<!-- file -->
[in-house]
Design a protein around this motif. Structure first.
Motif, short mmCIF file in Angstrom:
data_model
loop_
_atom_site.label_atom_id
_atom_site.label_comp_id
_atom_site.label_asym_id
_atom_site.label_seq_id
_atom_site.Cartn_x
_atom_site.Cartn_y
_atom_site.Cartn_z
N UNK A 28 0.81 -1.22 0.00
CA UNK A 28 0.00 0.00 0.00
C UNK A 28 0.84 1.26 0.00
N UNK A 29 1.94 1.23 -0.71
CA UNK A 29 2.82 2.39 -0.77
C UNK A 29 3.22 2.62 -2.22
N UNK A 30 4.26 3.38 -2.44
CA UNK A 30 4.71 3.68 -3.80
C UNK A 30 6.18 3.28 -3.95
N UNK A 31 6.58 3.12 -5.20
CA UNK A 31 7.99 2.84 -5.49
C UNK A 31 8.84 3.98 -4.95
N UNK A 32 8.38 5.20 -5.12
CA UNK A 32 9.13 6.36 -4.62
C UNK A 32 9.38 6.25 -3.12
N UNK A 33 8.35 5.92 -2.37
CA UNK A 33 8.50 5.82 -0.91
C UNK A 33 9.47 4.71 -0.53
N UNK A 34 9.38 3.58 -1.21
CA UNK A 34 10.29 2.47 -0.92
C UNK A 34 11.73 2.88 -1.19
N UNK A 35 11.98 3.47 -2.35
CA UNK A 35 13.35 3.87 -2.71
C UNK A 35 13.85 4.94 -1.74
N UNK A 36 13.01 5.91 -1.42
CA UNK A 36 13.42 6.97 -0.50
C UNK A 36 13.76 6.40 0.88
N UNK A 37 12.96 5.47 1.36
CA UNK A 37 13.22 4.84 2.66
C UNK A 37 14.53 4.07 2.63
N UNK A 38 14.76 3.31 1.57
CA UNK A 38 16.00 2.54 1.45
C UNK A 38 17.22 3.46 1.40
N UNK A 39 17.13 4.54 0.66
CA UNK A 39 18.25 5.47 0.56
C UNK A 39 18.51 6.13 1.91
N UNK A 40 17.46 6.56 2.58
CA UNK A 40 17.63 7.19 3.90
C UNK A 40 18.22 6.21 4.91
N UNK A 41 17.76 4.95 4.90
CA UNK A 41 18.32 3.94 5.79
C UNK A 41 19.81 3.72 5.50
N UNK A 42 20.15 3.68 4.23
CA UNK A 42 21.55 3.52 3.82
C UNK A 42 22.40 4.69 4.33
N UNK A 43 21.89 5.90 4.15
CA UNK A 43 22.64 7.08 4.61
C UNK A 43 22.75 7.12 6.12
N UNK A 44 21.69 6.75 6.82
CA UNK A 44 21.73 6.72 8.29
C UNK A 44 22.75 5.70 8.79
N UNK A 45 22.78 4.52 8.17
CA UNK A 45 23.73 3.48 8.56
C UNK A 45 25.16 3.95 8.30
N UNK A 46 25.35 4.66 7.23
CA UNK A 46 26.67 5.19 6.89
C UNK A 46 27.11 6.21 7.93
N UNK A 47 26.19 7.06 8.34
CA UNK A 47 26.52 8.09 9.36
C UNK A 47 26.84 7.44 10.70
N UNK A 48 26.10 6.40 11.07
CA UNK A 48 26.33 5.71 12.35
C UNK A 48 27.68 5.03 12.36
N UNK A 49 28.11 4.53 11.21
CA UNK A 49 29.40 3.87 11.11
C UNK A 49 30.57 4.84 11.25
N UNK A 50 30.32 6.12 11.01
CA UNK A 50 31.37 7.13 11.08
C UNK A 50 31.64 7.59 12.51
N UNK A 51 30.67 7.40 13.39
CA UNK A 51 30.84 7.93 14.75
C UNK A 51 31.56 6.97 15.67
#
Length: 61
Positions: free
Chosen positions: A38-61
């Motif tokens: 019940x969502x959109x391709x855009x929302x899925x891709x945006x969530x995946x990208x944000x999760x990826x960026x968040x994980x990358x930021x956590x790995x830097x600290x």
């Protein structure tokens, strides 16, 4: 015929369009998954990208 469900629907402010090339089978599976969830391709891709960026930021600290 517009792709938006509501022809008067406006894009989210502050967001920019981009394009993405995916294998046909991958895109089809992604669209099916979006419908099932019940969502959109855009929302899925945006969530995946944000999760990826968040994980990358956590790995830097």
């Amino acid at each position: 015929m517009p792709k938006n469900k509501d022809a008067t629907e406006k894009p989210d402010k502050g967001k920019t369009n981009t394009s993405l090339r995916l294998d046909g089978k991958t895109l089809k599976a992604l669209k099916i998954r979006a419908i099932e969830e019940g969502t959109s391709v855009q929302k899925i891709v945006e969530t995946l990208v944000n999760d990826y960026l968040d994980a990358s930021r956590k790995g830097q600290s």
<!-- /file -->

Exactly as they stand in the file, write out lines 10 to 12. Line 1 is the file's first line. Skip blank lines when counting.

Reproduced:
_atom_site.Cartn_x
_atom_site.Cartn_y
_atom_site.Cartn_z